Future capitalizes on what makes him unique, and he knows hardcore rappers such as himself aren’t known for their propensity to be tender. He also knows that expressing that tenderness is a particular conundrum for his life. It’s hard enough for celebrities to trust to the point of falling in love and doubly hard for their lovers to trust them when they’re idolized for lyrics like, “I’m fucking two bad bitches at the same damn time” or “I’m so groovy/I got power/That’s your bitch?/I just bought her.” I imagine things get all the more difficult for a man with five children (one of whom is adopted) conceived with four different women.
I press a little more here. I want him to say more about women and their image in hip-hop. Don’t they become objects like the expensive cars and jewelry that populate most of the genre? But he sees that my questions are more about me, why I keep listening to what I claim to critique. It’s almost as if he wants to comfort me about a game I’m not tall or fast enough to play: “It’s too much of everything in the world. That’s why you just gotta do for what it is. Change what you can change. If you can’t, just pray about it.”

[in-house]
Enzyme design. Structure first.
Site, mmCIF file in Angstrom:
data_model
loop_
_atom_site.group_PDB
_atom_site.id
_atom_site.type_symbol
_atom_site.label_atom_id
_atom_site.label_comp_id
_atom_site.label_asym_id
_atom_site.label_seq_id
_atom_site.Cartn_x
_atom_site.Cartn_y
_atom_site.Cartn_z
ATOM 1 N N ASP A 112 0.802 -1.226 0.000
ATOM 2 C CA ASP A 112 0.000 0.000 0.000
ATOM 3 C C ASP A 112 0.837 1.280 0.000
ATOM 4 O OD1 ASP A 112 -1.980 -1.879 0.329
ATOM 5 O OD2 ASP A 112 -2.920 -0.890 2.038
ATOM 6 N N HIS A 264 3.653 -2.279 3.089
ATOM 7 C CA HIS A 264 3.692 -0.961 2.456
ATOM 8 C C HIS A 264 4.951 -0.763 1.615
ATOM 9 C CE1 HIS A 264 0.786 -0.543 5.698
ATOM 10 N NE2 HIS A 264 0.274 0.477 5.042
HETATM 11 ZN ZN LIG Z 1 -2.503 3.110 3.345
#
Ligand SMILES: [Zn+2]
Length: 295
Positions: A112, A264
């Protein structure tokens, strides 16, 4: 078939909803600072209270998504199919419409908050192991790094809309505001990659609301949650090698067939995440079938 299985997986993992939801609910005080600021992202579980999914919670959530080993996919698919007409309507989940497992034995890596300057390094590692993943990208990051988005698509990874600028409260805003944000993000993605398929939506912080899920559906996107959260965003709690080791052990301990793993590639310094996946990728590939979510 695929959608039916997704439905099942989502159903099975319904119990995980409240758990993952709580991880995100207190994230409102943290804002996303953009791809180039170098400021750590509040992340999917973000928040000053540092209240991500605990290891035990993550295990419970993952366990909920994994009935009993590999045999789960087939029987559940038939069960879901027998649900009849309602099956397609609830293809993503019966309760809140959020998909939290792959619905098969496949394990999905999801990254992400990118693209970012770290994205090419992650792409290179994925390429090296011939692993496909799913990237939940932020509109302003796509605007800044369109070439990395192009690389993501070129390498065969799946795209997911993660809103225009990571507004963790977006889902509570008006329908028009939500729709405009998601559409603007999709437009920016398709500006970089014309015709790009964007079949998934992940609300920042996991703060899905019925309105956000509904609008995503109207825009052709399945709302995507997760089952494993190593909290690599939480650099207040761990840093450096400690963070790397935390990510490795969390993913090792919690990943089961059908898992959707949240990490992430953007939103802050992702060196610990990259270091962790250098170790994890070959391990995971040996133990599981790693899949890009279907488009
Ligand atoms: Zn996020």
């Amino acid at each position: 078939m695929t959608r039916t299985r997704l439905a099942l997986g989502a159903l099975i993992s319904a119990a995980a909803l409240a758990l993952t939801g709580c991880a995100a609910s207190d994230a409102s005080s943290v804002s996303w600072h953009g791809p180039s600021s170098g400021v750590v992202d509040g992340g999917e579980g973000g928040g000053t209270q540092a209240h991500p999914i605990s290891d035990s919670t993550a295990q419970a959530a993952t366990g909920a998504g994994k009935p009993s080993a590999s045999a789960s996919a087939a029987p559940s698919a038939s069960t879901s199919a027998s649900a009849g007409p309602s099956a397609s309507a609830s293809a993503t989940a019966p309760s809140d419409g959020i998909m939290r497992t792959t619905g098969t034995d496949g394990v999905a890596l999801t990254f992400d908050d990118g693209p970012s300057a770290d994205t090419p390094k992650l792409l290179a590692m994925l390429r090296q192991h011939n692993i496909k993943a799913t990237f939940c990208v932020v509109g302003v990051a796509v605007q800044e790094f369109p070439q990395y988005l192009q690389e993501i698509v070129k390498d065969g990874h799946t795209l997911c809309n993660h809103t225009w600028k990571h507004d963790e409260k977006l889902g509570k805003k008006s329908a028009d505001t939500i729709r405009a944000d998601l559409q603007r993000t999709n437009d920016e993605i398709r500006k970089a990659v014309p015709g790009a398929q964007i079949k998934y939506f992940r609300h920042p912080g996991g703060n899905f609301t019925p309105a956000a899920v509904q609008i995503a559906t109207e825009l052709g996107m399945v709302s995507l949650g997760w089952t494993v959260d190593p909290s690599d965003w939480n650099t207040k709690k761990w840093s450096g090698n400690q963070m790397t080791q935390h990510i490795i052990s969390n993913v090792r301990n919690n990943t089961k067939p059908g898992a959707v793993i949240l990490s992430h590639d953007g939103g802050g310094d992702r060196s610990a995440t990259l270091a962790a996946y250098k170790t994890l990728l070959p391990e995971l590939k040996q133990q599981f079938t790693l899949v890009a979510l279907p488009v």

Of course, I disagree. The answer abandons the subject in a way that too easily allows me to make excuses for the both of us. I now understand that words aren’t the only thing the rapper and I have in common. To some extent both of us, as poets, sell authenticity. But two albums in one week may leave little time for self-interrogation. There are six years between my two books. Where my work begs that I question my truth for readers that are yet born, his requires him to package his for fans who want it as it is, raw and right now.